In this portion of the dissent, I think he’s actually onto something. He points out that there is a strong historical basis for plural marriage and that the reasoning adopted by the majority could equally apply to a person seeking plural marriage. I suspect that he’s asking this question for the purpose of raising fears of the majority decision, but I do think it’s an accurate insight into the potential impact of the holding. Interestingly, he does leave himself an exit strategy should the issue of plural marriage come before the Court by stating: “there may well be relevant differences that compel different legal analysis.”

Justice Roberts closes the decision with several pages of what can best be described as “the sky is falling” rhetoric.   He claims that today’s decision will undermine the respect for, and authority of, the Court.   He even does so far as to claim that the petitioners in the case have actually lost in the long run:

“however heartened the proponents of same-sex marriage might be on this day, it is worth acknowledging what they have lost, and lost forever: the opportunity to win the true acceptance that comes from persuading their fellow citizens of the justice of their cause. And they lose this just when the winds of change were freshening at their backs.”

After accusing the majority of sullying the names of people opposed to same sex marriages, Justice Roberts closes with what I feel comes across as a very sarcastic ending:

If you are among the many Americans—of whatever sexual orientation—who favor expanding same-sex marriage, by all means celebrate today’s decision. Celebrate the achievement of a desired goal. Celebrate the opportunity for a new expression of commitment to a partner. Celebrate the availability of new benefits. But do not celebrate the Constitution. It had nothing to do with it. “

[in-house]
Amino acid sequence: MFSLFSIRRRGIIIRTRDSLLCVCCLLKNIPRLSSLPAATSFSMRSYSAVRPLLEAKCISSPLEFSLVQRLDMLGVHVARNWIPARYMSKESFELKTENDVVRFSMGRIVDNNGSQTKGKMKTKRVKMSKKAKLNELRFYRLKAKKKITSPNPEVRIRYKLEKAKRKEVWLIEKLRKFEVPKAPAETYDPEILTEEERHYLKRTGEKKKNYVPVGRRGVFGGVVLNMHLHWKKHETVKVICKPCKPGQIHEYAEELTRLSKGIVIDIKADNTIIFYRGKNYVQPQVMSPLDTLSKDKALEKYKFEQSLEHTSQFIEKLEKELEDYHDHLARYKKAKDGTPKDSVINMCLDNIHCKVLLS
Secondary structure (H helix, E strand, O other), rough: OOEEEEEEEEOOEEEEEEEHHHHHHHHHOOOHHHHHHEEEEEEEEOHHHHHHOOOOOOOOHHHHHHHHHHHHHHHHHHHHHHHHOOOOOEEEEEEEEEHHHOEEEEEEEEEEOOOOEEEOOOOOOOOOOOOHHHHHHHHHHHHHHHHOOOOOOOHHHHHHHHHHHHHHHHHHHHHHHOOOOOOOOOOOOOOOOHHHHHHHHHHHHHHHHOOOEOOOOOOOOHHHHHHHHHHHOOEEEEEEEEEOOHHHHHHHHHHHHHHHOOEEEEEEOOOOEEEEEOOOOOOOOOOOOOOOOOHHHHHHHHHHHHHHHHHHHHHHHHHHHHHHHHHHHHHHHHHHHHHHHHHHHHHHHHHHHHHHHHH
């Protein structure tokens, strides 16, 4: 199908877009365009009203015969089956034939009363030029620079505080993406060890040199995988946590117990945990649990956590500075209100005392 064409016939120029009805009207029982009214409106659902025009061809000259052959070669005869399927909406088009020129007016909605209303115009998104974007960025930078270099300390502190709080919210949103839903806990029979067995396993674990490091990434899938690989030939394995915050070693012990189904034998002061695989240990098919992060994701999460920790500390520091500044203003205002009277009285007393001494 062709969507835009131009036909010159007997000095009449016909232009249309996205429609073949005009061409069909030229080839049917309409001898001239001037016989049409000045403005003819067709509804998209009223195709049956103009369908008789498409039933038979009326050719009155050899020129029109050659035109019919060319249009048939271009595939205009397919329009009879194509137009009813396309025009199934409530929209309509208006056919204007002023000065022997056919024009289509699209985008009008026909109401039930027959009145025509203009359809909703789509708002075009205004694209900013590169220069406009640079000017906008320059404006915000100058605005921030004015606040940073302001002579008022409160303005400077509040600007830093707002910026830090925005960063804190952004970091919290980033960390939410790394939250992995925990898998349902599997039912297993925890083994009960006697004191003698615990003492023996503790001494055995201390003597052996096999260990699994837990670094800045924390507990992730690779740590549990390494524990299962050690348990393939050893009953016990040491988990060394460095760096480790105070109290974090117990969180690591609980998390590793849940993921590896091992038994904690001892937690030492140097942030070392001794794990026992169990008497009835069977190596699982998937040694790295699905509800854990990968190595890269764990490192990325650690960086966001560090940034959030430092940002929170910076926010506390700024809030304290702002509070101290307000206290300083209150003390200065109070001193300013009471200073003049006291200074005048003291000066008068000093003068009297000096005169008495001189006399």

I’m honestly disappointed that he decided to end with such a spiteful statement. Although I’m not persuaded by his arguments, he raises what I feel are some interesting questions and concerns. However, I find the issues he raises lose their dignity when coupled with his closing. Is Justice Roberts a sore loser, or someone who truly sees the role of the Court as so limited that it must ignore emerging concepts of justice at the expense of honoring tradition? I don’t know. Numerous times in the decision he explains that the outcome is not of concern to the Court because that is a policy consideration for the legislature. While I respect the idea of judicial restraint, I’m not convinced that our founders envisioned our Judicial branch to be little more than a potted plant that is intellectually impotent in the face of injustice. It is the refusal of the Court to act in the face of injustice through decisions such as Dred Scott, Plessy (upholding separate but equal), and Korematsu (upholding internment of Americans of Japanese descent) that have brought shame upon the Court. I do think Justice Roberts’ concerns about short-circuiting the democratic process are of legitimate concern whenever a case such as this is before the Court.  However, I don’t feel that he’s even begun to adequately distinguish a law that “defines” marriage as only applying to certain people from a  law that “restricts” marriage in a way that violates the Constitution.  I suspect, that if this could have been done, this case would have been decided differently.